Hi, I’m Kevin McMinn. I’m the owner of Nintendo News and the person behind the site’s social media accounts — Twitter, Facebook, and Google Plus. On Friday, I made a bad decision by posting an inappropriate Tweet, and I’d like to explain how that has affected me and how it has ultimately made me rethink how Nintendo News will report information going forward.
First I would like to explain the Tweet. At 11:24 a.m. ET on Friday, February 26, following the Pokémon Direct, I Tweeted this:
“We can confirm that @NintendoAmerica has a rat within its ranks, and we don’t like that. Please terminate the employee leaking information.”
“Holy moly, man. Why’d you do that?!”
Yeah, it was irresponsible, and I’ve been made very well aware of that by many people. But I’m glad I made that mistake — I’ve learned a thing or two. But more on that in a few.
Without going into too much detail, a confirmed Nintendo source leaked confidential company information for Nintendo NX launch plans, Nintendo of America’s detailed marketing budget for 2016, and the planned release schedule for Nintendo 3DS games through holiday 2016. And all of that info was posted to the NeoGAF gaming community by member Trevelyan9999 three days before the Pokémon Direct. Days before it even hit NeoGAF, the same user posted the info to his YouTube channel called SuperMetaldave64. Many of you thought I published that Tweet due to being upset about the Pokémon Sun and Pokémon Moon trademark applications that surfaced prior to the Direct, but that wasn’t the case at all. Heck, we even reported the trademark information.
“Wow, some Nintendo fan site you are! Shouldn’t you be bloodthirsty for juicy Nintendo rumors and leaks like everyone else? Pfffff! How ironic of you!?”
It’s not fair for anyone to be upset at Trevelyan9999 for publicly posting leaked information he received from a Nintendo source. For the record, I was never upset at the guy. I found everything he posted to be interesting, but ultimately decided to pass it up because I never heard of the person before, nor was I familiar with any other leaks from him. What upset me about the whole thing was the fact that confidential company information was being leaked from Nintendo into the public. It just seems like really bad business, albeit beyond Nintendo’s control, and I still don’t understand why an employee — from any company — would share that caliber of information to an outsider. Regardless, whatever happens within Nintendo’s walls is none of my business.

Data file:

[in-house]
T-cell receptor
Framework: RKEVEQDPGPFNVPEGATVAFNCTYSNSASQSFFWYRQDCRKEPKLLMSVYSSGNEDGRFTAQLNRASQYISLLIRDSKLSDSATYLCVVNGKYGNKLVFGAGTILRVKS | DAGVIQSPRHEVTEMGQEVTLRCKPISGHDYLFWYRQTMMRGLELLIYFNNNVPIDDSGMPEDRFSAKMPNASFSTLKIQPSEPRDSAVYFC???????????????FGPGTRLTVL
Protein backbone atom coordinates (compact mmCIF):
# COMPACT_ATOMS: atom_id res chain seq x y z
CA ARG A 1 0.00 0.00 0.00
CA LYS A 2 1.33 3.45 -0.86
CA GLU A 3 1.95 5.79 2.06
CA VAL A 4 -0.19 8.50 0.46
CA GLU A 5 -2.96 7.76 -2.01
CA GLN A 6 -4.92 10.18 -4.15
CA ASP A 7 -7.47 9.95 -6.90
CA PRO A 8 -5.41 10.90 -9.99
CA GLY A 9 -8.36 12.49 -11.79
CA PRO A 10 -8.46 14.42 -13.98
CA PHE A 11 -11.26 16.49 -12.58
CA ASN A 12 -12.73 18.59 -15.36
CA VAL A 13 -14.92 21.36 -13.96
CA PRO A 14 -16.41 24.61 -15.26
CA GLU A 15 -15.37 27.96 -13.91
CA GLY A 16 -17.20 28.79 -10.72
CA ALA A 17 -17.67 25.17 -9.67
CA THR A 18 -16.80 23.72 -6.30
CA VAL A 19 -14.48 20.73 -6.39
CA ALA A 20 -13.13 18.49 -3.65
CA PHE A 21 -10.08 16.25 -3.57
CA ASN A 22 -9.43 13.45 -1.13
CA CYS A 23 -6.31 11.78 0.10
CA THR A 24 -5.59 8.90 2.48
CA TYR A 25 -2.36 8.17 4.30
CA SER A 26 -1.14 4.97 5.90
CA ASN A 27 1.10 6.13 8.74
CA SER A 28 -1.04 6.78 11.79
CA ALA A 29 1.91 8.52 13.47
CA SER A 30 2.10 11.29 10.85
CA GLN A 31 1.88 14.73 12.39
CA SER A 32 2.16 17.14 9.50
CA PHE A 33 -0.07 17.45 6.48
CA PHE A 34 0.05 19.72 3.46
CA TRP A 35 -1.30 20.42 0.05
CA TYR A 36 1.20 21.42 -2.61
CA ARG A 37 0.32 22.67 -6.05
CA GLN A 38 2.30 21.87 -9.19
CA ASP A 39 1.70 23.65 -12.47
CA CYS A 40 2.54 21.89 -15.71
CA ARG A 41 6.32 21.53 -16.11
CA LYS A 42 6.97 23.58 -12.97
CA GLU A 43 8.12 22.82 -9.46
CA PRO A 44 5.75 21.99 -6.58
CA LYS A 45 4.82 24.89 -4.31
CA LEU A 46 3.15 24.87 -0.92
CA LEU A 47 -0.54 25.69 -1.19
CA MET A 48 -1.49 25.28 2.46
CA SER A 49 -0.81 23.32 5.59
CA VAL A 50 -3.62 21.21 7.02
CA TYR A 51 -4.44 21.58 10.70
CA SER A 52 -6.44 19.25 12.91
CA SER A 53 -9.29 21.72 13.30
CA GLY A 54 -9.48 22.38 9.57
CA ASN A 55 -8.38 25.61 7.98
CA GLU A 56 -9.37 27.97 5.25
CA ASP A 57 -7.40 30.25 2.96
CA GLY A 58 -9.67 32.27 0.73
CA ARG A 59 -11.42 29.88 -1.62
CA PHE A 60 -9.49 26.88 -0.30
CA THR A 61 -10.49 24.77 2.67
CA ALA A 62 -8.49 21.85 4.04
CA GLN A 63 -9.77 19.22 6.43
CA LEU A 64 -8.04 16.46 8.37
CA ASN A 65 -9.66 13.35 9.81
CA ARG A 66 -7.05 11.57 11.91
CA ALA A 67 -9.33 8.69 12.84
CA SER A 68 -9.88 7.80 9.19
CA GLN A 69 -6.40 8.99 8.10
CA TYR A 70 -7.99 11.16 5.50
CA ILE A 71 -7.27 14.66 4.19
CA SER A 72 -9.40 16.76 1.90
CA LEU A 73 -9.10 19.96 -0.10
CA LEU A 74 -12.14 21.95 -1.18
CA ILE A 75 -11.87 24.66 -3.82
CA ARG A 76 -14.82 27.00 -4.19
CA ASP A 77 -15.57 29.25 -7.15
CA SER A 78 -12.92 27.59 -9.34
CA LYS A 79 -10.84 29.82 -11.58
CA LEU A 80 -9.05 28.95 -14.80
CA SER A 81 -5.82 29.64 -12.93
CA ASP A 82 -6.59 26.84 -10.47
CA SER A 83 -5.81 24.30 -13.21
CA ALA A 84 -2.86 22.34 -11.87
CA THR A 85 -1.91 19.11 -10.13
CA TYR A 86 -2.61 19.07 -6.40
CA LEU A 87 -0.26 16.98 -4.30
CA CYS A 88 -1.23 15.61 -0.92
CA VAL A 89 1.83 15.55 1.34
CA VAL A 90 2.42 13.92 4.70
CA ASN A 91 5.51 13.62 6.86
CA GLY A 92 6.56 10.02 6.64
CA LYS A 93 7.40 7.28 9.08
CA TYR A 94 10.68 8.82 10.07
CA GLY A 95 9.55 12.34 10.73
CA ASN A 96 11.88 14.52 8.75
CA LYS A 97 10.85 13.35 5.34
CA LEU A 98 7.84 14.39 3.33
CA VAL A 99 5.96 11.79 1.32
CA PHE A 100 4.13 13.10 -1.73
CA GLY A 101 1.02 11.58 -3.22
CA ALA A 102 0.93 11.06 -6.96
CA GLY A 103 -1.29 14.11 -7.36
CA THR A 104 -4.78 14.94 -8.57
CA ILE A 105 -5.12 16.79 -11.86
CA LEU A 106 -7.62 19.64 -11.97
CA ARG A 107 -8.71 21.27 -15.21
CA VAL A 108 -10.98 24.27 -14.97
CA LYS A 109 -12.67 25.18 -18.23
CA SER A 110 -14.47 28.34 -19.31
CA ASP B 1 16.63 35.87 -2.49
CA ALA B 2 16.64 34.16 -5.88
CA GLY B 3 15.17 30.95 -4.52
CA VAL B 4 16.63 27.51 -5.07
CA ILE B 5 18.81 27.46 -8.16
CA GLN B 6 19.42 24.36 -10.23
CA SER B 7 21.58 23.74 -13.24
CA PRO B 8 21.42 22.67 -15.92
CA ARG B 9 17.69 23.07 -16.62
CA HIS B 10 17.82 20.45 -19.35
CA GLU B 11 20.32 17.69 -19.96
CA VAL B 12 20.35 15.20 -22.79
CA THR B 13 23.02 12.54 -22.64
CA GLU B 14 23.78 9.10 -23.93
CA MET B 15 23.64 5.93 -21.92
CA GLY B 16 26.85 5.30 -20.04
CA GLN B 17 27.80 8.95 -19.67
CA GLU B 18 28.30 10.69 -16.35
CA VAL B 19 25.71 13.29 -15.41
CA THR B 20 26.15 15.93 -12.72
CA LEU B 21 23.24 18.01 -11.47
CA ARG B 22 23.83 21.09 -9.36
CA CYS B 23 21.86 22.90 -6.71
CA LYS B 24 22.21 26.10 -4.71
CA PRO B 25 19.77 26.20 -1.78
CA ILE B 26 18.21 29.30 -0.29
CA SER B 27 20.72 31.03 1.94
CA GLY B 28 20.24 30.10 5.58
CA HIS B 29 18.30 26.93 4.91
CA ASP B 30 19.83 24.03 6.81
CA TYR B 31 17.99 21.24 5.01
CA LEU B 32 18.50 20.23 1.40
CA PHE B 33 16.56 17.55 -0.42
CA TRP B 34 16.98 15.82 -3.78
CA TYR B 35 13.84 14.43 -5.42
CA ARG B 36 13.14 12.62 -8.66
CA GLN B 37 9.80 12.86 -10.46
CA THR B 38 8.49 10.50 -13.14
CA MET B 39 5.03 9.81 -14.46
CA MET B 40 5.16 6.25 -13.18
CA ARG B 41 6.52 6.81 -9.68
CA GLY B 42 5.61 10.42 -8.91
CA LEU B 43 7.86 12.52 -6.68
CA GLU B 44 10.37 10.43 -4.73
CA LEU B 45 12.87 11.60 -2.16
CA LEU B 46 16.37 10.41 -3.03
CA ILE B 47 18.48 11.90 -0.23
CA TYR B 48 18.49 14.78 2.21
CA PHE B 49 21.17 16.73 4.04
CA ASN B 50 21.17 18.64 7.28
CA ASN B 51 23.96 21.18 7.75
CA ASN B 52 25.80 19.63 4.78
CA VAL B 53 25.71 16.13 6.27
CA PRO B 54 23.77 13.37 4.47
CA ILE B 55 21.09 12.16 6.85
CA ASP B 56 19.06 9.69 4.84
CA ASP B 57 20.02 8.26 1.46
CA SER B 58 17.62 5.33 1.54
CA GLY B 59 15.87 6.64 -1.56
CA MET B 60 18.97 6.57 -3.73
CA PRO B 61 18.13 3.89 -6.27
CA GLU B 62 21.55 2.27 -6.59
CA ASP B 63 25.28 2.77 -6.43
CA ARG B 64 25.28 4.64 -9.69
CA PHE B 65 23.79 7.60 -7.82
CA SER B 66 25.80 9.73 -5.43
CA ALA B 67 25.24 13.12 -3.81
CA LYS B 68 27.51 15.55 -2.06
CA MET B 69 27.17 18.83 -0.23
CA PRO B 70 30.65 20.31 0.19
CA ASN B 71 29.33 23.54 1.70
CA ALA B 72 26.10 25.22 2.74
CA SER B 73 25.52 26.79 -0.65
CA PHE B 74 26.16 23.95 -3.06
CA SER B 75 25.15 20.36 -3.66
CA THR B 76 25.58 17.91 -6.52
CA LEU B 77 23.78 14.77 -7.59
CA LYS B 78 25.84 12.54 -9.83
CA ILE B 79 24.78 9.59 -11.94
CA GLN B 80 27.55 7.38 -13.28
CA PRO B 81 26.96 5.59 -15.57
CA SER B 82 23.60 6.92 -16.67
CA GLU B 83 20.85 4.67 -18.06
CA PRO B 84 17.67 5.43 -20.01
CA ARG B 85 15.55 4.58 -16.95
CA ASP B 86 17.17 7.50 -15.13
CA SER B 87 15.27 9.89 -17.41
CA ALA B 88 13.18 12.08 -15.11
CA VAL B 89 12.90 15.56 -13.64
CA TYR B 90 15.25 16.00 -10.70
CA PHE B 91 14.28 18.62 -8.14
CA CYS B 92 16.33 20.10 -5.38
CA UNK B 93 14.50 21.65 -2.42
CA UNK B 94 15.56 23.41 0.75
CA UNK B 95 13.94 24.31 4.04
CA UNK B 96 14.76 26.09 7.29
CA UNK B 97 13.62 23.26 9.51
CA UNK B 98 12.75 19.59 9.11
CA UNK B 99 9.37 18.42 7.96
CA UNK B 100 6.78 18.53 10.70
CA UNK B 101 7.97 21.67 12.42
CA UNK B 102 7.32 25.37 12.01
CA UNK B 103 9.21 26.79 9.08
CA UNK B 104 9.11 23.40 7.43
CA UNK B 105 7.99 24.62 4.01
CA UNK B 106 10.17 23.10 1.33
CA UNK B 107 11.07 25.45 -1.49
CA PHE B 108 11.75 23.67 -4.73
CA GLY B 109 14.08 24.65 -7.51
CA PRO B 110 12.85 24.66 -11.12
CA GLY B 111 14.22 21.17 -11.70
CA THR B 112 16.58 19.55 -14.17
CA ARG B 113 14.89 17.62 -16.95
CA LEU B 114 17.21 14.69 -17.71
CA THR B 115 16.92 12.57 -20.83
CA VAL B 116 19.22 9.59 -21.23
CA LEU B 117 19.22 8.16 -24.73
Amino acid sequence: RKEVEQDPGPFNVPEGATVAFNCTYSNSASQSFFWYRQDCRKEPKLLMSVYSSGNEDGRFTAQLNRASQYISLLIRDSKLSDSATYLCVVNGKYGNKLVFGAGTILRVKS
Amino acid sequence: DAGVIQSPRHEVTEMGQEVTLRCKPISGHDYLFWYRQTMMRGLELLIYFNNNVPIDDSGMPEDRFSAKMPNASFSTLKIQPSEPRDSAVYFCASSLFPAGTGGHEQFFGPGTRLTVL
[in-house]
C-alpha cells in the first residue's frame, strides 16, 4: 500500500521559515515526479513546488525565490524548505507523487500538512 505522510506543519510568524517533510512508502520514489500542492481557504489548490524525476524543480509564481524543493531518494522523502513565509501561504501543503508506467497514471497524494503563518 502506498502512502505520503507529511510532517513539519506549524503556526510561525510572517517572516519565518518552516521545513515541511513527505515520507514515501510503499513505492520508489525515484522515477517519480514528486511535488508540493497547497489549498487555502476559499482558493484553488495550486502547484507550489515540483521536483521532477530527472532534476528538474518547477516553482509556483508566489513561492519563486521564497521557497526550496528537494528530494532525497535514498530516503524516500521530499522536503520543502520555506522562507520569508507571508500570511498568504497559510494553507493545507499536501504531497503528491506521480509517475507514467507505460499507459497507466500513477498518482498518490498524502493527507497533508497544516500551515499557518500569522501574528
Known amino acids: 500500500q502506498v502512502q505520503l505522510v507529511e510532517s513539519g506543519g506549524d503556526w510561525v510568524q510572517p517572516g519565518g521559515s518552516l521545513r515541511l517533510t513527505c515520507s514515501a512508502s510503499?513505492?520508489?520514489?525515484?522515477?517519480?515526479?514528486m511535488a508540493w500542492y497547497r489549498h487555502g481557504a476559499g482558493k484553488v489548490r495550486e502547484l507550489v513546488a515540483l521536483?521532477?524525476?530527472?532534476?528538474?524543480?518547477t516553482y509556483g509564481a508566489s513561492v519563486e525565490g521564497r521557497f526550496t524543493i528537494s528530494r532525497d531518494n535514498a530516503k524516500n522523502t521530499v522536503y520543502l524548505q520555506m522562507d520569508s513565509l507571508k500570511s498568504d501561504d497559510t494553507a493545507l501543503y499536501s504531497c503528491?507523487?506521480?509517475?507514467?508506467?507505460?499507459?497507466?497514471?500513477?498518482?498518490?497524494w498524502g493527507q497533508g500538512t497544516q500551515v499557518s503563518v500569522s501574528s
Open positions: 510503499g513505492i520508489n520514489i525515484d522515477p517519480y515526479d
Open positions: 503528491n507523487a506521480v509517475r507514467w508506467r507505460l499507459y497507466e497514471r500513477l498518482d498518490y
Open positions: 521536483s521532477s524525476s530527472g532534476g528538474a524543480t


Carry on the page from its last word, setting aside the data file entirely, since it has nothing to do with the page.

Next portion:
“Anyway, what’s your point? How does this affect me, and why should I keep reading this?”
Well, a few hours after I posted that Tweet, I realized how bad it turned out. And yes, looking back at it, I ultimately regret posting it — even though I said I didn’t. Not only was the Tweet worded poorly, but wanting someone to lose their job over leaked video game information is unfair. And, to be quite honest, it’s pretty silly.
That’s when I asked VentureBeat journalist Jeff Grubb for some guidance. Our private conversation was pretty detailed, but in a nutshell, he gave me the following advice — the same advice that was once given to him by Dan “Shoe” Hsu, former editor-in-chief of the magazine Electronic Gaming Monthly:
“Remember that you are writing for the reader — not to the companies you cover or anything else.”
Grubb also provided me with some guidelines that made me realize we (Nintendo News) should cover more stories, including ones that Nintendo doesn’t want us to cover. And that’s pretty much when everything hit me.
Sure, Nintendo News has covered rumors and leaked information for topics related to Super Smash Bros., Splatoon, and Pokémon ahead of official announcements, and we’ll continue to do so. However, ever since that huge Nintendo Fusion rumor from January 2014, as featured on Kotaku, we’ve backed off quite a bit and have become more conservative. But we’re not going to hold back anymore.
We’re an independent publication not controlled by any corporation or organization, which means we’ll be publishing more stories related to rumors and leaks from credible sources who provide us, or others, with information we deem justifiably newsworthy. Simply put, we’re no longer a “free marketing publication” for Nintendo. We’ll continue publishing our normal stuff, but we’re going to start publishing the stuff our readers want to know about. Because we can. If Nintendo has a leaker in their outfit, that’s their concern and it will no longer affect us — we’re not their legal department, so we’re not going to act like we are.
I didn’t enjoy writing this, but I’m glad I did; right or wrong, it allows me to document my trials and tribulations as a young journalist. One thing I know for sure is this: You won’t see anyone representing the Nintendo News publication on social media with hasty, unprofessional Tweets anymore — we’ll stick to the news. And rumors. And leaks. Simply put, Nintendo News will no longer withhold certain types of information.
If you’d like to tell me how bad of a person I am, or how much you hate Nintendo News, please feel free to do so in the comments below. Tips, rumors, or leaks? Send them to us. In the meantime, I’m going back to playing Pokémon Yellow.
Thank you for reading.